Struggling her way through grief, abandonment, and depression, Jessa preserves not only those around and those who have left her, but also herself, in a way that though toxic, keeps her standing. She is a nostalgic creature, attached to the memory of her father, the memories of her childhood, the memories of her brother as he was before his own life fell apart, the memories of her mother when she was easier to overlook, and most palpably the memories of the woman who has left her over a decade prior; the only woman she has loved, who also happened to be married to her brother and left behind her own two children for Jessa to essentially raise. Keeping all of these factors as unchanged as possible in her own mind, is how she believes she will keep them in her grasp, and also how she believes to know them fully.
It’s easy to misunderstand any of these characters (those calling for unlikeable female anti-heroines will be pleasantly satisfied by not only Jessa, but her mother and ex-love Brynn as well) and this self-contained world they have created, but it’s not hard to want better for them either. In her denial I just wanted to shake some sense into Jessa myself, and frankly once my own nostalgia passed I became even more frustrated with her actions. Many times I found myself reading mainly in the hope that something else would make her come to her senses, as someone who expects a conclusion when investing this much time into a character (apologies to any salty GoT fans). In a manner very befitting then, it comes as a relief when yet another tragedy successfully brings Jessa back to reality, wherein she decides to let her father and ex go, and finally fight for her mother and brother, and even a potential new love, these people who have also fought for her.
There is a moment, towards the end, where Jessa recalls early morning road trips with her father. Stopping along for roadkill, they instead come across a tragically injured dog. As Jessa asks after its state from a distance, her father replies “Mostly dead, [...] Not all the way gone yet.” For over three hundred pages, one might be led to believe Arnett’s title refers to the creatures preserved and catalogued throughout each chapter, their own histories shared along with Jessa’s recollections of their journey onto her work table, but at this turning point it becomes clear she is referring to this grieving family, thought to be injured beyond repair and only worth the bones and skin of what was left behind. But they are not all gone, and as Jessa scavenges for usable bits after an unexpected, destructive event, she finds solace in her family as the people they are now, and decides to explore how they can finally heal together.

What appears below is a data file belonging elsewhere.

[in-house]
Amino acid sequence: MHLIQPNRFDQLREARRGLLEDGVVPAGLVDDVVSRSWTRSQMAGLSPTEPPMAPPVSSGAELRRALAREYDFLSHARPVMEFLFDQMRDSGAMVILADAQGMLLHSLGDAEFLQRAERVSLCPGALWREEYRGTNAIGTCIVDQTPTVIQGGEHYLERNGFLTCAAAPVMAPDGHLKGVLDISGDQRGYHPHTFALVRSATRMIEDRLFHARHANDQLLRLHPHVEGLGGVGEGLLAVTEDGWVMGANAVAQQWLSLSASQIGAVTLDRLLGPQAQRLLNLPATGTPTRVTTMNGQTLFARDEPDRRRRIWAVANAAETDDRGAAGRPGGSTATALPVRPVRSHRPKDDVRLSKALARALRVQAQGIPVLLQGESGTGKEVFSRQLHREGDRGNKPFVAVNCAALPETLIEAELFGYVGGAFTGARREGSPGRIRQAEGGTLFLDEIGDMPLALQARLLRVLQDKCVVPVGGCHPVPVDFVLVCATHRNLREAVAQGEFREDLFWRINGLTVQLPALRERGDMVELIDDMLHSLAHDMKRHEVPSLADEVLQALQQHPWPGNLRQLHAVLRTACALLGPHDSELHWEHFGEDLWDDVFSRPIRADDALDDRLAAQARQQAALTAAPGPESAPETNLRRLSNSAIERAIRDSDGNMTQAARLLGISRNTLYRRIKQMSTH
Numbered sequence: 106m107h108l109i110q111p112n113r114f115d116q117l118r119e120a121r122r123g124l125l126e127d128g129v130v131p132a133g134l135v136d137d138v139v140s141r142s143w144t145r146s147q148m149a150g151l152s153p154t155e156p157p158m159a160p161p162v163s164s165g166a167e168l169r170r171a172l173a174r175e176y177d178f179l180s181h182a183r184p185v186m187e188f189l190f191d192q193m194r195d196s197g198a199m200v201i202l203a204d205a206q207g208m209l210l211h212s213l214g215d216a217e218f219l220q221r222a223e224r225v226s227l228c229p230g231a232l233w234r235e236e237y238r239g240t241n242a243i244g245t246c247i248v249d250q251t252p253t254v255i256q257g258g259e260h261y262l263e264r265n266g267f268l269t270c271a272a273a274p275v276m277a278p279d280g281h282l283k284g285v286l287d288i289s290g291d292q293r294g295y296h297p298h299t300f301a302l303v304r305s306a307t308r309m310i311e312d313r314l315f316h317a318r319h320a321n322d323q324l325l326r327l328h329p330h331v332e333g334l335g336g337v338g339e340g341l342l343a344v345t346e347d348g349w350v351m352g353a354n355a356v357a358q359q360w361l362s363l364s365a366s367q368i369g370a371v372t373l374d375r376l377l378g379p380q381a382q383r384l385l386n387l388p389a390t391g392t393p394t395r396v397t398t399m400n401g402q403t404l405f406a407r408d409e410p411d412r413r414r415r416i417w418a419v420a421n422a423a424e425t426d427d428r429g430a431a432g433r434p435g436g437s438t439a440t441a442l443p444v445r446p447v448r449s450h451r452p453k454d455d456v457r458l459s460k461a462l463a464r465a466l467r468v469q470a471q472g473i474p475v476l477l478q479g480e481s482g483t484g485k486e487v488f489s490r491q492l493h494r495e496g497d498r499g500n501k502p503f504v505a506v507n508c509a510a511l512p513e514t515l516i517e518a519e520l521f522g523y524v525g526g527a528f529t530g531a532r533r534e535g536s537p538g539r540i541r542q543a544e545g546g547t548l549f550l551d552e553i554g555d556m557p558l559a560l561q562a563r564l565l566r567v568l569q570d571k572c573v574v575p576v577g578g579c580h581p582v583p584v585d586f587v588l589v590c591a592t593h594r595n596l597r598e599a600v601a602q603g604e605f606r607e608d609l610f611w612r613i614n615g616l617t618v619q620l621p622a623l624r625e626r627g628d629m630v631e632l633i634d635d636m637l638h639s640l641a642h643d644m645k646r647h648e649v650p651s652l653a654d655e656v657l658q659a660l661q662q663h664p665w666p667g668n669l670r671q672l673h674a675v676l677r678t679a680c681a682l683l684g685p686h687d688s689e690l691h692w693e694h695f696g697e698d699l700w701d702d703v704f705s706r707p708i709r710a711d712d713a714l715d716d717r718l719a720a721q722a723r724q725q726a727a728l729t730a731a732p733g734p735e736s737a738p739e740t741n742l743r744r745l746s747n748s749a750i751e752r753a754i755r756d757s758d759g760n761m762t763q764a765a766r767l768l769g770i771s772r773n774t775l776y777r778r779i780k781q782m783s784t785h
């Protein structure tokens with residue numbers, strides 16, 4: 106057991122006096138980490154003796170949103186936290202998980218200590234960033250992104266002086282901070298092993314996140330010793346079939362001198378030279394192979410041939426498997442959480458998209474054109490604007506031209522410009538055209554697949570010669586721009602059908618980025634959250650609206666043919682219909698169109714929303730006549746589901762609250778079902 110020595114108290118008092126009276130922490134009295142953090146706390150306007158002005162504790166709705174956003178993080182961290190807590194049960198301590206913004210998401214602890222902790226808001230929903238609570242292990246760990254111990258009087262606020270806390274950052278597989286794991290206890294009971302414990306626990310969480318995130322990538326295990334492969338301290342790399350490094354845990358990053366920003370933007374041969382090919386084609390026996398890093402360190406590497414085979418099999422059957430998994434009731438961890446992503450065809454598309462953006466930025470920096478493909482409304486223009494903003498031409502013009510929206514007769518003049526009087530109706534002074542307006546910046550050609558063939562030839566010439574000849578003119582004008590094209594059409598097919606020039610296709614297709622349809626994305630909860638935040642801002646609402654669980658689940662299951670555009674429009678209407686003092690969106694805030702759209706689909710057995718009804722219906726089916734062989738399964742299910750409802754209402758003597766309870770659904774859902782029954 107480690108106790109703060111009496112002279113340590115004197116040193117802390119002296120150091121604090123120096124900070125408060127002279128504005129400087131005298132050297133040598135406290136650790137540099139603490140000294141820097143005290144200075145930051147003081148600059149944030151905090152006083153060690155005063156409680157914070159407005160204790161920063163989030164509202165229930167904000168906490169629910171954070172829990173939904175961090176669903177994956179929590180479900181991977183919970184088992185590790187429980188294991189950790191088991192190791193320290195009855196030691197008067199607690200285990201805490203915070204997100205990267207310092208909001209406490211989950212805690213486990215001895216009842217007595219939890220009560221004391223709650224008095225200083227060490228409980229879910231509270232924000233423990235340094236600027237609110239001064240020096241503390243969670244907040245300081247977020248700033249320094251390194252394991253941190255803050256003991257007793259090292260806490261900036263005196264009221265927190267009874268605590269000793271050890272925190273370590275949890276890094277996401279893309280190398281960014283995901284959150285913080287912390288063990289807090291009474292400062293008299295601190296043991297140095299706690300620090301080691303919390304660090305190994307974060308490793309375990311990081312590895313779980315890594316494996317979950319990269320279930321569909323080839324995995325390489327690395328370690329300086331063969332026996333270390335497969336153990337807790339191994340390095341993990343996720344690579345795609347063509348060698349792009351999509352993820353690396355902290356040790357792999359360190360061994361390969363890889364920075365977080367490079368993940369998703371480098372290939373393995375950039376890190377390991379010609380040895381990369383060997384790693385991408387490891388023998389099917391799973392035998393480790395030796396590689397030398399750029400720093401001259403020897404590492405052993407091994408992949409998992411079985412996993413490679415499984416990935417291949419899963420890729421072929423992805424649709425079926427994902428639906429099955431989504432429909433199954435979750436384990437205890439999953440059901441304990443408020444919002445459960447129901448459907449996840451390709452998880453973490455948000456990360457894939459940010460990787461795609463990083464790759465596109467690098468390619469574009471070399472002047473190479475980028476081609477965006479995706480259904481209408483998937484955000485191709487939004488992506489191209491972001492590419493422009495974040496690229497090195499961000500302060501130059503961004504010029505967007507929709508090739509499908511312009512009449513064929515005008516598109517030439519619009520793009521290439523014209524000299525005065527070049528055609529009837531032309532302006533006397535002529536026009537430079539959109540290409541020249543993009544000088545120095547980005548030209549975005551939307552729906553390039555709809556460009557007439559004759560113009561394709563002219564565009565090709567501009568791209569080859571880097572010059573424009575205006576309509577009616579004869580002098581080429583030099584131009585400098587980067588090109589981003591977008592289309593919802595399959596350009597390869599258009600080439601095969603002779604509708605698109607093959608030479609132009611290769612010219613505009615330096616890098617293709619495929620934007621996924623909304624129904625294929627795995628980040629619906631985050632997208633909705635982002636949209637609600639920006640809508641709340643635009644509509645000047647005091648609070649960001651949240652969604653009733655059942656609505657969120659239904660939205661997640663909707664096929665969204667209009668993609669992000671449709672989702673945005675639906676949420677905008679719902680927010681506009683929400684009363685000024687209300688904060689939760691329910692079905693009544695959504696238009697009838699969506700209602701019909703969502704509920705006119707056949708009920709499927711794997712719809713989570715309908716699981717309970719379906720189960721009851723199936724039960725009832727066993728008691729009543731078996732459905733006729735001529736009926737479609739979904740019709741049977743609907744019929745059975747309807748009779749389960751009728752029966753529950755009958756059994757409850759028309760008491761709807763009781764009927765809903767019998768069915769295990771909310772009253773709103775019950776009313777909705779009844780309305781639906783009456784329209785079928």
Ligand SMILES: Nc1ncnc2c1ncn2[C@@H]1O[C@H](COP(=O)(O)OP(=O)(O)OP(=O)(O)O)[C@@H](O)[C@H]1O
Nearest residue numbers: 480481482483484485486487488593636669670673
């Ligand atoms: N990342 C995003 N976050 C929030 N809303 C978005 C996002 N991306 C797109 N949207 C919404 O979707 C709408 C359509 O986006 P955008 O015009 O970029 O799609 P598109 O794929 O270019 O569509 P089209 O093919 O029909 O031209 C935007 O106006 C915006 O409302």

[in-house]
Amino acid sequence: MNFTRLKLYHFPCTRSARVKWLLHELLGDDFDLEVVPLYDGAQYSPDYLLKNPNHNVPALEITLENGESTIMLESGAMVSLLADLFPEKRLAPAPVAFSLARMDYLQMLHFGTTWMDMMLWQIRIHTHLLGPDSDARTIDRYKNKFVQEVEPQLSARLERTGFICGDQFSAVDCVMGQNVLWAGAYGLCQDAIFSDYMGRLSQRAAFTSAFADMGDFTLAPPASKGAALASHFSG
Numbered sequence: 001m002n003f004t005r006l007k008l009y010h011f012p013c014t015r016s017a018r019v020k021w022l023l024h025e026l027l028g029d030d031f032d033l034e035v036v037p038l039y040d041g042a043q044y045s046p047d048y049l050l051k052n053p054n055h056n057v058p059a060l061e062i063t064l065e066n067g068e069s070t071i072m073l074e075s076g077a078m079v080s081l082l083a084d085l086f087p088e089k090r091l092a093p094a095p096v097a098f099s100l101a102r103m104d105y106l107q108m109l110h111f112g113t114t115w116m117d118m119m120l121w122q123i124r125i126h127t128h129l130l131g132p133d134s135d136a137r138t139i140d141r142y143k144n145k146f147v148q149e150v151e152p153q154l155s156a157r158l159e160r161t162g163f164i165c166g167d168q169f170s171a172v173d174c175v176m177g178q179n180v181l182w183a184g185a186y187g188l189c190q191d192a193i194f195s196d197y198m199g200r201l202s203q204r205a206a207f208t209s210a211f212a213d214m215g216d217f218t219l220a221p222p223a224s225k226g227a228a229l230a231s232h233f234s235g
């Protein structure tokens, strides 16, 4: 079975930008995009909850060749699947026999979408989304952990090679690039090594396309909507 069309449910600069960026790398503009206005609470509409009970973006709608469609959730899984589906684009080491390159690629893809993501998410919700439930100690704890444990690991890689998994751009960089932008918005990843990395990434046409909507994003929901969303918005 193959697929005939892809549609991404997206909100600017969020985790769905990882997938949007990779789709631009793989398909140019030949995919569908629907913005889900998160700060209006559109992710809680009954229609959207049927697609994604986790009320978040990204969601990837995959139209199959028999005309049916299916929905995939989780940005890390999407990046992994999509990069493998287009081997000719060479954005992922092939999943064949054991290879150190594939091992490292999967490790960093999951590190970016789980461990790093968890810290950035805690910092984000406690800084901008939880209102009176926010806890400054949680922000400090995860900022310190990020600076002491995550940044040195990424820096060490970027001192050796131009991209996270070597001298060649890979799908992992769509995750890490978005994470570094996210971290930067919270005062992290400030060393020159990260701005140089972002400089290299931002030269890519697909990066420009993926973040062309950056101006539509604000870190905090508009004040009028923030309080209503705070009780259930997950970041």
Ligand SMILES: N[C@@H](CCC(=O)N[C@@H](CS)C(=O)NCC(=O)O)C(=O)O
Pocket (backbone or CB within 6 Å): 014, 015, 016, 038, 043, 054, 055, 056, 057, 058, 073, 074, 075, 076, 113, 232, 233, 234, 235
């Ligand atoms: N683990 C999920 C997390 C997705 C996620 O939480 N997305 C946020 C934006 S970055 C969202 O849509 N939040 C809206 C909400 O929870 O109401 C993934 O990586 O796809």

With its depiction of that classic, smothering Florida heat and offbeat family drama, Mostly Dead Things makes a compelling summer read for those not averse to its sensitive topics. For anyone who also enjoyed last year’s Goodbye, Vitamin or Lauren Groff’s Florida, I’d definitely recommend!
This post is not sponsored and all opinions are my own, however I was gifted an advance copy. Thank you once again to Tin House!
Raquel Reyes is Creative Director at The Attic on Eighth. She enjoys styling photo shoots, dramatic hair accessories, and old fashioned cocktails.